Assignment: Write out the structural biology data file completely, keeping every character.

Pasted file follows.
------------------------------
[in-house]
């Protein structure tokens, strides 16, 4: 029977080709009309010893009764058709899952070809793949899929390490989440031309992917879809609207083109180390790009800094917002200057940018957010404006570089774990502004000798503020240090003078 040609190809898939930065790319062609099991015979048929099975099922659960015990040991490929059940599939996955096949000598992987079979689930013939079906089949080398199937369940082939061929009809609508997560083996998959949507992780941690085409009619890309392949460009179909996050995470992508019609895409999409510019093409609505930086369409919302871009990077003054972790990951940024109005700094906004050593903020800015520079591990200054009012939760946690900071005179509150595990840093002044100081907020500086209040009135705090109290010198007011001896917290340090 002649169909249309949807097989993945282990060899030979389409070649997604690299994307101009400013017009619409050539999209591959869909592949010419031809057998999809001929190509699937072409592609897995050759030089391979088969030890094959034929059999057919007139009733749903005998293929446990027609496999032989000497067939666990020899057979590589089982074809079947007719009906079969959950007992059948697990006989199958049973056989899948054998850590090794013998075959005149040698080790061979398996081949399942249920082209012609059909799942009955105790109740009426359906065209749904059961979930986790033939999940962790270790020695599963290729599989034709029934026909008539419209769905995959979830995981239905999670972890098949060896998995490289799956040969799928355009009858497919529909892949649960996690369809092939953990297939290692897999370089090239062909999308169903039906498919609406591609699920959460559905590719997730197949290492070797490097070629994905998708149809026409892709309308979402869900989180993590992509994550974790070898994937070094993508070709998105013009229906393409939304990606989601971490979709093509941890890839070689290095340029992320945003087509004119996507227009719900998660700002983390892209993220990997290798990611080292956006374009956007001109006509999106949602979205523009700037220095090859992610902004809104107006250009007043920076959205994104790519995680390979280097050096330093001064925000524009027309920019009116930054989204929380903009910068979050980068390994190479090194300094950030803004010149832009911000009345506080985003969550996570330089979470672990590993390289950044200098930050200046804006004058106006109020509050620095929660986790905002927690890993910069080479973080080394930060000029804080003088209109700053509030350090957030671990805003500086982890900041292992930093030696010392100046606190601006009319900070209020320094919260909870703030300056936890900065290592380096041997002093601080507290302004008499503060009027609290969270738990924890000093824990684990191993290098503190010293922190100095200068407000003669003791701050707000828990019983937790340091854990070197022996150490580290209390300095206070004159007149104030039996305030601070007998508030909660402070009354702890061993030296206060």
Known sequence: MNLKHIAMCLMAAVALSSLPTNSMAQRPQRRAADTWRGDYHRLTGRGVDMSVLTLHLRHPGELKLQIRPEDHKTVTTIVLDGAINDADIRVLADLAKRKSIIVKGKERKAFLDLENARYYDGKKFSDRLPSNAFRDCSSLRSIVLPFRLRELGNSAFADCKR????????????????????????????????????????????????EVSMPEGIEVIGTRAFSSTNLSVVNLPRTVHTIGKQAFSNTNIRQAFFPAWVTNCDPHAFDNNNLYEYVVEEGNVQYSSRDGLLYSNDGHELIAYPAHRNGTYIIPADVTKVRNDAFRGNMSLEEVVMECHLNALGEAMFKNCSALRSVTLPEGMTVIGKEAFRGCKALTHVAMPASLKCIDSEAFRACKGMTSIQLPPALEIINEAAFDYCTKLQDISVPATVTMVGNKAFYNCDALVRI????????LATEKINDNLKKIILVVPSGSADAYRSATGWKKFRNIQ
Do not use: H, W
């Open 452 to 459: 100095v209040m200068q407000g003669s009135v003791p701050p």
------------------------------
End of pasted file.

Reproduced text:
[in-house]
């Protein structure tokens, strides 16, 4: 029977080709009309010893009764058709899952070809793949899929390490989440031309992917879809609207083109180390790009800094917002200057940018957010404006570089774990502004000798503020240090003078 040609190809898939930065790319062609099991015979048929099975099922659960015990040991490929059940599939996955096949000598992987079979689930013939079906089949080398199937369940082939061929009809609508997560083996998959949507992780941690085409009619890309392949460009179909996050995470992508019609895409999409510019093409609505930086369409919302871009990077003054972790990951940024109005700094906004050593903020800015520079591990200054009012939760946690900071005179509150595990840093002044100081907020500086209040009135705090109290010198007011001896917290340090 002649169909249309949807097989993945282990060899030979389409070649997604690299994307101009400013017009619409050539999209591959869909592949010419031809057998999809001929190509699937072409592609897995050759030089391979088969030890094959034929059999057919007139009733749903005998293929446990027609496999032989000497067939666990020899057979590589089982074809079947007719009906079969959950007992059948697990006989199958049973056989899948054998850590090794013998075959005149040698080790061979398996081949399942249920082209012609059909799942009955105790109740009426359906065209749904059961979930986790033939999940962790270790020695599963290729599989034709029934026909008539419209769905995959979830995981239905999670972890098949060896998995490289799956040969799928355009009858497919529909892949649960996690369809092939953990297939290692897999370089090239062909999308169903039906498919609406591609699920959460559905590719997730197949290492070797490097070629994905998708149809026409892709309308979402869900989180993590992509994550974790070898994937070094993508070709998105013009229906393409939304990606989601971490979709093509941890890839070689290095340029992320945003087509004119996507227009719900998660700002983390892209993220990997290798990611080292956006374009956007001109006509999106949602979205523009700037220095090859992610902004809104107006250009007043920076959205994104790519995680390979280097050096330093001064925000524009027309920019009116930054989204929380903009910068979050980068390994190479090194300094950030803004010149832009911000009345506080985003969550996570330089979470672990590993390289950044200098930050200046804006004058106006109020509050620095929660986790905002927690890993910069080479973080080394930060000029804080003088209109700053509030350090957030671990805003500086982890900041292992930093030696010392100046606190601006009319900070209020320094919260909870703030300056936890900065290592380096041997002093601080507290302004008499503060009027609290969270738990924890000093824990684990191993290098503190010293922190100095200068407000003669003791701050707000828990019983937790340091854990070197022996150490580290209390300095206070004159007149104030039996305030601070007998508030909660402070009354702890061993030296206060």
Known sequence: MNLKHIAMCLMAAVALSSLPTNSMAQRPQRRAADTWRGDYHRLTGRGVDMSVLTLHLRHPGELKLQIRPEDHKTVTTIVLDGAINDADIRVLADLAKRKSIIVKGKERKAFLDLENARYYDGKKFSDRLPSNAFRDCSSLRSIVLPFRLRELGNSAFADCKR????????????????????????????????????????????????EVSMPEGIEVIGTRAFSSTNLSVVNLPRTVHTIGKQAFSNTNIRQAFFPAWVTNCDPHAFDNNNLYEYVVEEGNVQYSSRDGLLYSNDGHELIAYPAHRNGTYIIPADVTKVRNDAFRGNMSLEEVVMECHLNALGEAMFKNCSALRSVTLPEGMTVIGKEAFRGCKALTHVAMPASLKCIDSEAFRACKGMTSIQLPPALEIINEAAFDYCTKLQDISVPATVTMVGNKAFYNCDALVRI????????LATEKINDNLKKIILVVPSGSADAYRSATGWKKFRNIQ
Do not use: H, W
């Open 452 to 459: 100095v209040m200068q407000g003669s009135v003791p701050p």